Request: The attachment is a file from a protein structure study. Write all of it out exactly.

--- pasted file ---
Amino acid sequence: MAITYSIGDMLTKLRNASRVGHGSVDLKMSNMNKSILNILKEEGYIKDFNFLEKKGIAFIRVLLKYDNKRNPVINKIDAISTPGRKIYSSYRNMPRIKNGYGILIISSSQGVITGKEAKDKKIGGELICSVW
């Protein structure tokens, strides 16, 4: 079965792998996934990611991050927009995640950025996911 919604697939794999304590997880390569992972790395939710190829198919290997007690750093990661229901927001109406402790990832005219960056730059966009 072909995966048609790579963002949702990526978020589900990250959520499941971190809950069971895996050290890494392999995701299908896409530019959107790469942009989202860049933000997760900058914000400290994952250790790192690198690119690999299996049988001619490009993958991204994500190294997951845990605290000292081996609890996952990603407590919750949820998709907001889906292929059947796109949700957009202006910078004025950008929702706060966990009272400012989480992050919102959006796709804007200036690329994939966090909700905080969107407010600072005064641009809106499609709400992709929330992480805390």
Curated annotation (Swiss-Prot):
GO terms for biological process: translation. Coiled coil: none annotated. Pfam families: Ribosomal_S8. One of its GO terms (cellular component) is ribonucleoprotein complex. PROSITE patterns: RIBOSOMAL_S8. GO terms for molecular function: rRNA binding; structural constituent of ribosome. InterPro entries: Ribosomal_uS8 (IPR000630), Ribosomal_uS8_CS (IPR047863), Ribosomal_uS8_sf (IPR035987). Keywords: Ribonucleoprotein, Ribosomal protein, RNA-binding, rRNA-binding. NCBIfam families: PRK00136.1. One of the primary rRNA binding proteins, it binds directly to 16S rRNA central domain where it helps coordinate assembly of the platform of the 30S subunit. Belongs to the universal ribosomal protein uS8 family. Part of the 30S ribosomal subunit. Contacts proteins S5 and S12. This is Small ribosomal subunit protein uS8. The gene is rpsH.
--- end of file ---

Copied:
Amino acid sequence: MAITYSIGDMLTKLRNASRVGHGSVDLKMSNMNKSILNILKEEGYIKDFNFLEKKGIAFIRVLLKYDNKRNPVINKIDAISTPGRKIYSSYRNMPRIKNGYGILIISSSQGVITGKEAKDKKIGGELICSVW
């Protein structure tokens, strides 16, 4: 079965792998996934990611991050927009995640950025996911 919604697939794999304590997880390569992972790395939710190829198919290997007690750093990661229901927001109406402790990832005219960056730059966009 072909995966048609790579963002949702990526978020589900990250959520499941971190809950069971895996050290890494392999995701299908896409530019959107790469942009989202860049933000997760900058914000400290994952250790790192690198690119690999299996049988001619490009993958991204994500190294997951845990605290000292081996609890996952990603407590919750949820998709907001889906292929059947796109949700957009202006910078004025950008929702706060966990009272400012989480992050919102959006796709804007200036690329994939966090909700905080969107407010600072005064641009809106499609709400992709929330992480805390």
Curated annotation (Swiss-Prot):
GO terms for biological process: translation. Coiled coil: none annotated. Pfam families: Ribosomal_S8. One of its GO terms (cellular component) is ribonucleoprotein complex. PROSITE patterns: RIBOSOMAL_S8. GO terms for molecular function: rRNA binding; structural constituent of ribosome. InterPro entries: Ribosomal_uS8 (IPR000630), Ribosomal_uS8_CS (IPR047863), Ribosomal_uS8_sf (IPR035987). Keywords: Ribonucleoprotein, Ribosomal protein, RNA-binding, rRNA-binding. NCBIfam families: PRK00136.1. One of the primary rRNA binding proteins, it binds directly to 16S rRNA central domain where it helps coordinate assembly of the platform of the 30S subunit. Belongs to the universal ribosomal protein uS8 family. Part of the 30S ribosomal subunit. Contacts proteins S5 and S12. This is Small ribosomal subunit protein uS8. The gene is rpsH.